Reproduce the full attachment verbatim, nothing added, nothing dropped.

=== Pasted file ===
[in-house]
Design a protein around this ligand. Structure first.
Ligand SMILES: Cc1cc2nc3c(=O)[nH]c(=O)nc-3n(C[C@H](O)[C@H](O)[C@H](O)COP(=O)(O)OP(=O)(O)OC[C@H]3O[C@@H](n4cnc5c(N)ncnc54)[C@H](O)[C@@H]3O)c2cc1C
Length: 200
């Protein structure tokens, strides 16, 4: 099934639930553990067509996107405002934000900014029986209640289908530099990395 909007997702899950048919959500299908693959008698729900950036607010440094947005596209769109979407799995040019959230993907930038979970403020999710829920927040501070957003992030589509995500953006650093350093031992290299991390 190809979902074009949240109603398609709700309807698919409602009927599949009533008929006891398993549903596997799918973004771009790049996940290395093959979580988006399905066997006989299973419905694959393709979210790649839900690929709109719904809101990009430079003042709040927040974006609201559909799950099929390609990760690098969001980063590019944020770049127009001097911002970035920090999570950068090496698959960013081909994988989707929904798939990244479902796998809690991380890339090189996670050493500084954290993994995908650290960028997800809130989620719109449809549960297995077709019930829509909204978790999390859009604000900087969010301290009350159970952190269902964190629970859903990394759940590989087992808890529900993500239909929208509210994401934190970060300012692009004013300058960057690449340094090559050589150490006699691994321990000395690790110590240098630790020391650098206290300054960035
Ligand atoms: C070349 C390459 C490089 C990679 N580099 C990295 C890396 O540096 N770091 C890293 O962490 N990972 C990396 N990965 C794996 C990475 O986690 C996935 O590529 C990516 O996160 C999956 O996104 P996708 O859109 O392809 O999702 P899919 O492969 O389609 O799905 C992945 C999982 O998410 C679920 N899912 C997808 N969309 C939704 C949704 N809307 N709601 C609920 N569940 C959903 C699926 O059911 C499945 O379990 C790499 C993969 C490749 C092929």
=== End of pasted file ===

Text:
[in-house]
Design a protein around this ligand. Structure first.
Ligand SMILES: Cc1cc2nc3c(=O)[nH]c(=O)nc-3n(C[C@H](O)[C@H](O)[C@H](O)COP(=O)(O)OP(=O)(O)OC[C@H]3O[C@@H](n4cnc5c(N)ncnc54)[C@H](O)[C@@H]3O)c2cc1C
Length: 200
């Protein structure tokens, strides 16, 4: 099934639930553990067509996107405002934000900014029986209640289908530099990395 909007997702899950048919959500299908693959008698729900950036607010440094947005596209769109979407799995040019959230993907930038979970403020999710829920927040501070957003992030589509995500953006650093350093031992290299991390 190809979902074009949240109603398609709700309807698919409602009927599949009533008929006891398993549903596997799918973004771009790049996940290395093959979580988006399905066997006989299973419905694959393709979210790649839900690929709109719904809101990009430079003042709040927040974006609201559909799950099929390609990760690098969001980063590019944020770049127009001097911002970035920090999570950068090496698959960013081909994988989707929904798939990244479902796998809690991380890339090189996670050493500084954290993994995908650290960028997800809130989620719109449809549960297995077709019930829509909204978790999390859009604000900087969010301290009350159970952190269902964190629970859903990394759940590989087992808890529900993500239909929208509210994401934190970060300012692009004013300058960057690449340094090559050589150490006699691994321990000395690790110590240098630790020391650098206290300054960035
Ligand atoms: C070349 C390459 C490089 C990679 N580099 C990295 C890396 O540096 N770091 C890293 O962490 N990972 C990396 N990965 C794996 C990475 O986690 C996935 O590529 C990516 O996160 C999956 O996104 P996708 O859109 O392809 O999702 P899919 O492969 O389609 O799905 C992945 C999982 O998410 C679920 N899912 C997808 N969309 C939704 C949704 N809307 N709601 C609920 N569940 C959903 C699926 O059911 C499945 O379990 C790499 C993969 C490749 C092929």